Key questions for Coast Guard personnel in evaluating financial and enrollment practices of academic institutions:
As colleges step up their marketing efforts among servicemembers and as these efforts become more sophisticated, it may be timely to call attention to some emerging financial and enrollment practices of academic institutions and to ask whether these practices are consistent with Coast Guard tuition assistance policies and whether they serve the best interests of Coast Guard personnel. Some emerging institutional practices lend themselves to jeopardizing a member's financial standing and, consequently, their military career if not carefully evaluated.
It may also be timely to note that, whether an institution is "military friendly" is not simply a matter of the successful marketing of the cost and accessibility of their programs, but it is also a matter of the success of their students, the strength of their faculty and the quality of their programs. Increasingly, marketing efforts to servicemembers tend to focus on cost and access while many of our full time Education Services Officers grow concerned about quality and appropriateness of degree programs.
In some instances, the marketing efforts of academic institutions may be outsourced and out of touch with standard academic practices raising serious questions of appropriateness and ethics with regard to the military student. These concerns need to be brought to the attention of military program directors at the respective institutions, so that they can be remedied.
In matters of Coast Guard tuition assistance policy, Coast Guard personnel are always advised to seek the advice of their full time ESO and they are referred to the Coast Guard Institute web site.
Finally, a degree plan or SOCCOAST student agreement is consistent with accepted academic practices and Coast Guard voluntary education policy and is actively encouraged.
The following are specific financial and enrollment practices that may require increased attention by Coast Guard personnel seeking their college degree:
- Financial Contract for a Degree. Does the institution
require a servicemember to sign a financial contract for a degree up
front (sometimes this is called an "education agreement" but it resembles a consumer contract and reads more like an installment plan for education)? This agreement commits the member to take a series of courses (sometimes an entire "degree package"), and applies withdrawal fees if the member decides not to continue in the program or wants to withdraw from a specific course.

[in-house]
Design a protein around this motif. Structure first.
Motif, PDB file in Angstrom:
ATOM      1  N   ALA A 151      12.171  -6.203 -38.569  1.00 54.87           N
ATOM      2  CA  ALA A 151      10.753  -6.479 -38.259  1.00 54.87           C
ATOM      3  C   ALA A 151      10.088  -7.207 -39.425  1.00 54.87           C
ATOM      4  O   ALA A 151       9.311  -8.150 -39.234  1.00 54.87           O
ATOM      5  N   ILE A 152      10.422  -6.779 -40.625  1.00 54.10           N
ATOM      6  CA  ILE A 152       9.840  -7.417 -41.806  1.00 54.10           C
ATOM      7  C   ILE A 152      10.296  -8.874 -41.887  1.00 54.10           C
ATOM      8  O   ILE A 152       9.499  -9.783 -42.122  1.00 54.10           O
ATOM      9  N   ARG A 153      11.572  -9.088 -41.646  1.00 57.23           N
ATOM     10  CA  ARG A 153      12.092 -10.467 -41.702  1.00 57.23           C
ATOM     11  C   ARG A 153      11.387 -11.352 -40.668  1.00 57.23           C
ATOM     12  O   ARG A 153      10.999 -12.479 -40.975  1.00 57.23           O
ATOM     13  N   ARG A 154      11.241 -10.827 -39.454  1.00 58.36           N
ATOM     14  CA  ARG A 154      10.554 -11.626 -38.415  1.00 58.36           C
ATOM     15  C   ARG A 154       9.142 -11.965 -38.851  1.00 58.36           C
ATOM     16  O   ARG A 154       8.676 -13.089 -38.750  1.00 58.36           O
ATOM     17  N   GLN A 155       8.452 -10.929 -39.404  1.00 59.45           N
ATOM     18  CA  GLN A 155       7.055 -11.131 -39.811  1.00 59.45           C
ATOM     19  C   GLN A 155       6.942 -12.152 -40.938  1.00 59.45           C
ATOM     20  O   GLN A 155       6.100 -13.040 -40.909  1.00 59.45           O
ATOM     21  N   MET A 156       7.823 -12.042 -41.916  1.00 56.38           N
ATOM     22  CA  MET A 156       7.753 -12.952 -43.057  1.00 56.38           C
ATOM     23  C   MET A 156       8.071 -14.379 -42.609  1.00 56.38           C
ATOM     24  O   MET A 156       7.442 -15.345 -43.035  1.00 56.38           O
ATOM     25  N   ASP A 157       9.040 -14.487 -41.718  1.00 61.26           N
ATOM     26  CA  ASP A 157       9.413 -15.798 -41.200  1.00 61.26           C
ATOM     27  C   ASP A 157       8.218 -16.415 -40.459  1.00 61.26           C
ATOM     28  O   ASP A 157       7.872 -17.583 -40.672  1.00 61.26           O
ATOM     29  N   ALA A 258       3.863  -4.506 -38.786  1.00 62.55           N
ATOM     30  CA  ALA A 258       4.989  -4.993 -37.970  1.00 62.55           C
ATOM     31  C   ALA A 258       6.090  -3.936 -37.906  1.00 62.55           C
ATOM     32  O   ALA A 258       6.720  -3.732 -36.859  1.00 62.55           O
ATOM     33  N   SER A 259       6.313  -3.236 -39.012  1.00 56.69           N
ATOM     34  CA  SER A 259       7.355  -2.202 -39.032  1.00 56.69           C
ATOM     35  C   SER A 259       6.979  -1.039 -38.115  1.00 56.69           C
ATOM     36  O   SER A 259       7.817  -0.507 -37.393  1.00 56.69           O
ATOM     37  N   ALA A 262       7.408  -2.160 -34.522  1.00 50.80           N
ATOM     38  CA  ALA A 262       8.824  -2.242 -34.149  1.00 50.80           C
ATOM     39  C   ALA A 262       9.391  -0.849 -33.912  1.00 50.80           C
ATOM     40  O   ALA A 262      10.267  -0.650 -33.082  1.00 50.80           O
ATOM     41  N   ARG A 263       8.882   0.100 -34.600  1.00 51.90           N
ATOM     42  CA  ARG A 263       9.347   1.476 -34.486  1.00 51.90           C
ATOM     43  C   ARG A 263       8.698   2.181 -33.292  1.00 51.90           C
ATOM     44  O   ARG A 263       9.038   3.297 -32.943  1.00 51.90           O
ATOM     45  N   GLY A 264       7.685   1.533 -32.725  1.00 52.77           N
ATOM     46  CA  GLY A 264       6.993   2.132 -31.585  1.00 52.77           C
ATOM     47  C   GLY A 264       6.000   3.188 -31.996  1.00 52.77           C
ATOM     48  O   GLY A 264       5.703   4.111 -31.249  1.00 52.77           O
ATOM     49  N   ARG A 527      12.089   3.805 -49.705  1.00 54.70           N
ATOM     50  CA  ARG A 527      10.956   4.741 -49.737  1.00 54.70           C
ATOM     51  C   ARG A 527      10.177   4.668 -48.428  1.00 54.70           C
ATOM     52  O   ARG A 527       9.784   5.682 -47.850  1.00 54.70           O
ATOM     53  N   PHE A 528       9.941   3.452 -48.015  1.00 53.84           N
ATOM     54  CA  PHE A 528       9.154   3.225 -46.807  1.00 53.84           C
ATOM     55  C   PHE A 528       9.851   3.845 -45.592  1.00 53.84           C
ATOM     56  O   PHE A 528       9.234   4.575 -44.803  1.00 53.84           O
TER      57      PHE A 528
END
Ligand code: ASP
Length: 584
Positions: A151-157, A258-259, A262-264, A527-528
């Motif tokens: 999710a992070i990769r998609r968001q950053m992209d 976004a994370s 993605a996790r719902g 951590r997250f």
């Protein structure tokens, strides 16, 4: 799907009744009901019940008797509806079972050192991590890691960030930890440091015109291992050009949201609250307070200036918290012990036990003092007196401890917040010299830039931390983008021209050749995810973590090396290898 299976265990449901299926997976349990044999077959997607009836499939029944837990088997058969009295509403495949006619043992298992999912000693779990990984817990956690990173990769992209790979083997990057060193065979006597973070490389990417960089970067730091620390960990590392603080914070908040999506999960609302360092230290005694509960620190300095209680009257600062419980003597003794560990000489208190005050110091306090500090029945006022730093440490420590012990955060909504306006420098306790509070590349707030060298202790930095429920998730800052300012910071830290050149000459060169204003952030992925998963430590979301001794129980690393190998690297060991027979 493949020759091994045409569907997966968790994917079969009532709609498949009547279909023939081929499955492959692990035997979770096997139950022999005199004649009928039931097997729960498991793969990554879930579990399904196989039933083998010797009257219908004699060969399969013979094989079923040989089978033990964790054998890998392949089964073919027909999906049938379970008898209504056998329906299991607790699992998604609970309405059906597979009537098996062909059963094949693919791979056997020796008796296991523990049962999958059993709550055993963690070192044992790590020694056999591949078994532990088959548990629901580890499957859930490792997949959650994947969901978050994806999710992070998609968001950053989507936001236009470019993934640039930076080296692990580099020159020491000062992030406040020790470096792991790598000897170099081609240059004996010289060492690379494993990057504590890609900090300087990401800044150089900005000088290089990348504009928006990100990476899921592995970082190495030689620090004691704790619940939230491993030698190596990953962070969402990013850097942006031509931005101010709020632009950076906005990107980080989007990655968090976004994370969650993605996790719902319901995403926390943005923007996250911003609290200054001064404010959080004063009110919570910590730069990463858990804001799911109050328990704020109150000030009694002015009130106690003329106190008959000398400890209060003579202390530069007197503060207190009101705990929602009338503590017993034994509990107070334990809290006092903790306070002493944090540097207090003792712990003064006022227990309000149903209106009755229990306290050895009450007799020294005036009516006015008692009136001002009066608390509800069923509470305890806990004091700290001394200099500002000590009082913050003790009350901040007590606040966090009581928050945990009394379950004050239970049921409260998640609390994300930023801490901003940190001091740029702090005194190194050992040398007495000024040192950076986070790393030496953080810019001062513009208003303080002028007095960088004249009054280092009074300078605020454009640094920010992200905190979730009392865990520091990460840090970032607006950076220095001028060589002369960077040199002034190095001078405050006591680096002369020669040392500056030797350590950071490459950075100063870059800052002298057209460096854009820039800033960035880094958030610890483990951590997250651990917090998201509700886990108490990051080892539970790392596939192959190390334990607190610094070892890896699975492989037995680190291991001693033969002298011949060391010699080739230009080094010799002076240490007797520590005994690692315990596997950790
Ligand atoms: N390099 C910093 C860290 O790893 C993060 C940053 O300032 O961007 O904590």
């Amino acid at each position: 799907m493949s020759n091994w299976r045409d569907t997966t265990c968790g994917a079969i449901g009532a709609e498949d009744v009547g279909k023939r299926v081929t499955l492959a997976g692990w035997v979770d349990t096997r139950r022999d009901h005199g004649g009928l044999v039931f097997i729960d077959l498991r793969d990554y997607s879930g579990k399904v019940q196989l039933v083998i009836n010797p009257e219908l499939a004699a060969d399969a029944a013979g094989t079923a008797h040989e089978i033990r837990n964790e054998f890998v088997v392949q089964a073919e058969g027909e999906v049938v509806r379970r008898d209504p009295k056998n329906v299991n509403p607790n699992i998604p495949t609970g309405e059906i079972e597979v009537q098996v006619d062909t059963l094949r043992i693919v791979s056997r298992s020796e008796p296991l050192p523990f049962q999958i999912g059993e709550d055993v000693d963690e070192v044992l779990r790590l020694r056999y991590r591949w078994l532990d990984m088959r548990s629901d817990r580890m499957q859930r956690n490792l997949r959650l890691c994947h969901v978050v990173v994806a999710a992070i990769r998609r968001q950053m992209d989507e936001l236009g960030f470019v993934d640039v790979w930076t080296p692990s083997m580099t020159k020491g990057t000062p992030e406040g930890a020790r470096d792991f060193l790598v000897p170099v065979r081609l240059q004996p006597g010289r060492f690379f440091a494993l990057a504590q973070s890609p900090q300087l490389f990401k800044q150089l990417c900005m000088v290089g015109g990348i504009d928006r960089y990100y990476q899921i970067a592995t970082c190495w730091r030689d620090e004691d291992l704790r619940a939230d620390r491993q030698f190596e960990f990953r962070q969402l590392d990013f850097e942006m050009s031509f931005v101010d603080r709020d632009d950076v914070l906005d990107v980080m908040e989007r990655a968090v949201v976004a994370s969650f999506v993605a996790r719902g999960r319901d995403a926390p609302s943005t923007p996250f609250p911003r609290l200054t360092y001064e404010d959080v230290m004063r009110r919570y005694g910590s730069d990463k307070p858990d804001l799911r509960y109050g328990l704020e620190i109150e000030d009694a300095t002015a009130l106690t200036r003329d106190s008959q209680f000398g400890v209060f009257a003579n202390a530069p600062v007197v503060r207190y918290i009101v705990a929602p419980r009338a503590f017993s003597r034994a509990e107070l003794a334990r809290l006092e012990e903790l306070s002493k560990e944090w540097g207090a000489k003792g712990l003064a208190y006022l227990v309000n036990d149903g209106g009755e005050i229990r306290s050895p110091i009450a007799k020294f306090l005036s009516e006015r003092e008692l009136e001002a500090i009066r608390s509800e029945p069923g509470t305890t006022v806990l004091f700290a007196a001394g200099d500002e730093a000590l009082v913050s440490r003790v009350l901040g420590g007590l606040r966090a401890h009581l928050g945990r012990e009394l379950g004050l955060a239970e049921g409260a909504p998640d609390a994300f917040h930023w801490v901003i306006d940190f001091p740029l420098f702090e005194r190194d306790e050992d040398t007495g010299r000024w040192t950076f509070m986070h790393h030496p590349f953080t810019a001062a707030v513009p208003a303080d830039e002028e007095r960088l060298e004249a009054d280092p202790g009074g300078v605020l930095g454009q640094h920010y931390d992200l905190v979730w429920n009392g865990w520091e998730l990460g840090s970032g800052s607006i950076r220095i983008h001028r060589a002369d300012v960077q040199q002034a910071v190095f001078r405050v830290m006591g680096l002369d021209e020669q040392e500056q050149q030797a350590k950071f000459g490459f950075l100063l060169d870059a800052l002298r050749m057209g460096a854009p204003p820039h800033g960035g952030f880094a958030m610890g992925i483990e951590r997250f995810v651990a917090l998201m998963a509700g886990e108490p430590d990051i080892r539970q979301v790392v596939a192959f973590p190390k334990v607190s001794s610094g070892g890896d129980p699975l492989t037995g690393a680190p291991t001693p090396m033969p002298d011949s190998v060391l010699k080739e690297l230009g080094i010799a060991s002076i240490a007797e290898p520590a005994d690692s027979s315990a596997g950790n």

- Automatic Enrollment. Does the institution have an "automatic enrollment" policy in which the servicemembers sign up for pre-determined courses or even a whole program, requiring them to formally withdraw or else pay a fee? Members may inadvertently sign on to a whole program without noting that they have to "opt out" of courses if they change their minds, otherwise they will be invoiced. These policies can be confusing and burdensome for a busy servicemembers who may be unaware of what they are actually signing and the obligations they will incur.
- Transparency of Financial Obligations. Is it easy for servicemembers
to find out what their financial obligations would be if they chose to earn
a degree at a specific institution? Can they readily access information on
accreditation, whether the degree program operates on a quarter hour or semester
hour system, and the tuition costs per credit? Institutions that understand
military tuition assistance policies generally provide easy links to this information.
- Personal Contact Information. Does the institution link information about
degree programs with a request for personal contact information? Servicemembers
should be able to access this information without providing any personal contact
information. These requests for personal contact information may subject the
member to invasive marketing practices.
- Special Incentives for Military Students. Does the institution link enrollment
to special incentives for military members e.g. if the member refers
additional students, are they offered tuition discounts, or "free" courses. Are multiple course enrollments linked to offers of "free" computers and other technologies, special discounts, limited time tuition grants or special benefits for spouses? These practices may be legal but they are too often misleading. They may also be unethical because they can deter or divert a member from pursuing their legitimate academic needs and goals.
- Enrollment, Cancellation and Re-Enrollment Policies. Does
the institution have their enrollment, cancellation and re-enrollment
policies in writing,
readily accessible and published in their current catalog? Conflicts
over these matters can be non-negotiable after the fact. Information
about these policies
in advance of registration should be requested as part of the college
advising process, especially for the deployed servicemember.
- Sub-Contracting Arrangements. Is the institution that does the invoicing for Tuition Assistance and issues your grade, the same institution that has enrolled you in the course? Some colleges will "sub-contract" courses to other schools for delivery of content. For CG TA, the institution that invoices and issues a grade for a course must be the same as the one from which the member is actually taking the course.